Smashing Through the Glass Ceiling Straight to the Skies

What better time to reflect on women's contributions to aviation than Women's History Month? From the earliest days of aviation, women have played crucial roles in pushing the boundaries of what is possible.

The story began in the early 20th century, when the Wright Brothers' groundbreaking invention captivated the world. In 1910, just seven years after the first powered flight, French aviator Baroness Raymonde de Laroche became the first woman in the world to earn a pilot's license. Her daring feat was followed by Harriet Quimby, who in 1911 became the first woman to earn a pilot's license in the United States. These trailblazers set the stage for one of the most famous women in aviation history. 

In 1932, Amelia Earhart became the first woman to fly solo across the Atlantic Ocean. Her groundbreaking achievement paved the way for other women to follow in her footsteps. While Earhart’s accomplishments still serve as an inspiration nearly a century later, her disappearance while attempting to fly around the world in 1937 is a stark reminder of the risks that pilots face and the challenges women in aviation have had to overcome. 

Despite challenges, women continue to make significant contributions to and break down barriers in aviation. More women than ever are seeking careers as air traffic controllers, aviation mechanics, and aerospace engineers. While progress has been made to increase the numbers of women in aviation careers, there is still a long way to go.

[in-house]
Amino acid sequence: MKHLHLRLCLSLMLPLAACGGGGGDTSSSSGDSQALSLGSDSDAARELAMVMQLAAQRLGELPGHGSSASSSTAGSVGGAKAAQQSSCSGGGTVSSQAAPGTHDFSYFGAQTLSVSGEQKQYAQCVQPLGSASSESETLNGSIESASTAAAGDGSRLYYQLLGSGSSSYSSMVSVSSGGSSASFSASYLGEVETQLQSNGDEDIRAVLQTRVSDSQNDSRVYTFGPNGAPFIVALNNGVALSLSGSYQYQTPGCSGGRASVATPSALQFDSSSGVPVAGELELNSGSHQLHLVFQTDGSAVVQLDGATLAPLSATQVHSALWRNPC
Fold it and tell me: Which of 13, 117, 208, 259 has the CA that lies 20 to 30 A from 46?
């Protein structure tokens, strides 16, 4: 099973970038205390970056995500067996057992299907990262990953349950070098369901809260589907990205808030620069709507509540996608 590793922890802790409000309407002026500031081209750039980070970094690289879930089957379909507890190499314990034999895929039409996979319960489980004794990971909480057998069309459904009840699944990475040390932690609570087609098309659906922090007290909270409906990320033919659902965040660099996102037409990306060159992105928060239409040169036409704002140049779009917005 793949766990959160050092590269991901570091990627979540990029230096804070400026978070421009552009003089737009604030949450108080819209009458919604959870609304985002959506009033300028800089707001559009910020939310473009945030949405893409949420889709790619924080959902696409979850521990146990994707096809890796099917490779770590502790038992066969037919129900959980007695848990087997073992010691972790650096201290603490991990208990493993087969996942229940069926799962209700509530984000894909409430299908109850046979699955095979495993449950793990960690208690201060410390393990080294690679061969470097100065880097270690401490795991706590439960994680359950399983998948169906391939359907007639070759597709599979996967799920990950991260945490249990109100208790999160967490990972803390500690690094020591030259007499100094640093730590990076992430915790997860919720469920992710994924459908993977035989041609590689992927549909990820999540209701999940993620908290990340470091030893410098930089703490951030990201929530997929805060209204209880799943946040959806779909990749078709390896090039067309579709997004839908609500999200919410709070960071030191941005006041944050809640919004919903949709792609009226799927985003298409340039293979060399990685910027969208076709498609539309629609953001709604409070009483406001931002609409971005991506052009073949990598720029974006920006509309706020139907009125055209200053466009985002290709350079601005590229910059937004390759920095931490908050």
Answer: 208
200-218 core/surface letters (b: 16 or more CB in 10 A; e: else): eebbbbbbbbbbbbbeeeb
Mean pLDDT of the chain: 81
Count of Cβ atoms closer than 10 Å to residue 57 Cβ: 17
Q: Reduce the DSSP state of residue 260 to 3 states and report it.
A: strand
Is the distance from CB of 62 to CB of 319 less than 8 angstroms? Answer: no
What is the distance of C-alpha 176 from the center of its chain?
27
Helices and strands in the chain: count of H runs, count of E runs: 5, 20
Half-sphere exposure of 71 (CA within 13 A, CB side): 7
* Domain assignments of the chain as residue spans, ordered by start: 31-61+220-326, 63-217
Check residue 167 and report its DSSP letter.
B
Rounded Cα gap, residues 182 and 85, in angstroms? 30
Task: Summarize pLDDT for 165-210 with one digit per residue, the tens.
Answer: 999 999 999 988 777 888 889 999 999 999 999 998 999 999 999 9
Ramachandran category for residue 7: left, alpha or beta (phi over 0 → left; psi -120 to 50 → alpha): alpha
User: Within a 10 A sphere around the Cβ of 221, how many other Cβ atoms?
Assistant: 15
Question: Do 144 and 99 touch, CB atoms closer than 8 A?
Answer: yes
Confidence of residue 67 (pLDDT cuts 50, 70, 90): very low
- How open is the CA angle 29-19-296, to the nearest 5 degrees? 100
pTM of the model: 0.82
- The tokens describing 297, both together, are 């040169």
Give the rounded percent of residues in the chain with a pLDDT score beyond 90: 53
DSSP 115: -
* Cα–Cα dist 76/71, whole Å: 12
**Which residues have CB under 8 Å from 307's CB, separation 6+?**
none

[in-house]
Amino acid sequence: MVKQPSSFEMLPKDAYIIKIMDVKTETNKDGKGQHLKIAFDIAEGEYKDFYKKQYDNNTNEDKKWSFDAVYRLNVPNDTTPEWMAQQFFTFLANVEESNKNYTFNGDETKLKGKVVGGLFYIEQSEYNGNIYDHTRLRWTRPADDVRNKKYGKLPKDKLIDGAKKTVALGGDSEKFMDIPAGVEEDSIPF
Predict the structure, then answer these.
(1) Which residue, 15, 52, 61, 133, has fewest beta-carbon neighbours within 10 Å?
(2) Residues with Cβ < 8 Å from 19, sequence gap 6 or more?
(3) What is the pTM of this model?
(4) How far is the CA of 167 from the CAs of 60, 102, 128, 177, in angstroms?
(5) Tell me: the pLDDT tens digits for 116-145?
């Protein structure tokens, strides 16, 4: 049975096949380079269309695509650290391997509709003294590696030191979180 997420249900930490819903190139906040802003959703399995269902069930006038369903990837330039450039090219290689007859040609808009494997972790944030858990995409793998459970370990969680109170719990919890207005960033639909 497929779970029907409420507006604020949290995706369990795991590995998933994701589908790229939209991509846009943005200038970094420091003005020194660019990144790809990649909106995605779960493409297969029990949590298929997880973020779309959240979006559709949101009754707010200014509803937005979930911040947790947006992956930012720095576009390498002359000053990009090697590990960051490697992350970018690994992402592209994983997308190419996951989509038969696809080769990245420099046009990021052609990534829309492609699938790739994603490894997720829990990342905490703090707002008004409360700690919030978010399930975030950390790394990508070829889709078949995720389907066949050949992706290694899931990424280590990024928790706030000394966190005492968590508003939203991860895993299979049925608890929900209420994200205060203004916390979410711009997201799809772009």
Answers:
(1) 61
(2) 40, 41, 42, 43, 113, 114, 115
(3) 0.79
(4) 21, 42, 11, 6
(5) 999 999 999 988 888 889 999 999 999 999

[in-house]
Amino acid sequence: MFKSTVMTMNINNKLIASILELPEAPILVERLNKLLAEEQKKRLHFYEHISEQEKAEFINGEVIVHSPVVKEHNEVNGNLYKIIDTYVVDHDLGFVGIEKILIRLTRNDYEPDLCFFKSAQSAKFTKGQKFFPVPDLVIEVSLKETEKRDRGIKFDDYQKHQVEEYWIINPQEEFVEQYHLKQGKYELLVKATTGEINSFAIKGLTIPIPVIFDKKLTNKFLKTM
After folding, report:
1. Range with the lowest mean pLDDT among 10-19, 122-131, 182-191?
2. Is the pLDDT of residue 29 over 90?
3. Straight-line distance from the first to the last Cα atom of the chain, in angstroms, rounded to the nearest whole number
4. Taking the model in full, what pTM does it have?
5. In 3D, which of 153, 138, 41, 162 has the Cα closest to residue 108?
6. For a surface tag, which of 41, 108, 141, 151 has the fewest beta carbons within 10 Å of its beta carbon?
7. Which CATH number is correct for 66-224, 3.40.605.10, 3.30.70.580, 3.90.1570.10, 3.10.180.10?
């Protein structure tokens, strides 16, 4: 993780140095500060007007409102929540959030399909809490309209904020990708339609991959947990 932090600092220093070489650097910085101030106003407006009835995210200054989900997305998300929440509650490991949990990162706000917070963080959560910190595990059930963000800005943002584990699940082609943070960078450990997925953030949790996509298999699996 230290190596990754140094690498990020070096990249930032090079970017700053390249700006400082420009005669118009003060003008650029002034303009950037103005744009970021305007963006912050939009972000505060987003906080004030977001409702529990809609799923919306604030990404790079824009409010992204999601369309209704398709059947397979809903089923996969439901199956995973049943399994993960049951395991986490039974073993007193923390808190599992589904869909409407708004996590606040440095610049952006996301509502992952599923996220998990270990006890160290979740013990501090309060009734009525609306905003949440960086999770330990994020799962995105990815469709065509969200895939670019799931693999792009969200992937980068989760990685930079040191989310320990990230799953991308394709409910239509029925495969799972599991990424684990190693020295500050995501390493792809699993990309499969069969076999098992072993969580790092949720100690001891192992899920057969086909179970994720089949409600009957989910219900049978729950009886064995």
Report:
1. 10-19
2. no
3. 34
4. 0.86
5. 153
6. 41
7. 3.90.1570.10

According to the International Society of Women Airline Pilots, only 5.2 percent of airline pilots worldwide are women. Women are still underrepresented in many areas of aviation and continue to face barriers that their male counterparts do not. Organizations like Women in Aviation International, ISA +21, the Ninety-Nines, Female Aviators Sticking Together, Sisters of the Skies, and others work to advance women across the aviation industry and shape the future of aviation as diverse and inclusive.

For Women's History Month, we celebrate women's contributions to our industry and our profession. As a union representing more than 69,000 airline pilots, we are working to create a more inclusive and diverse profession to ensure that the legacies of these pioneering women live on. Future generations of women pilots will continue to break down barriers and push the boundaries. By supporting women in science, technology, engineering, and math fields; promoting diversity and inclusion in the aviation industry; and honoring the legacy of pioneering women aviators, we can create a world where all individuals have the opportunity to soar to new heights.

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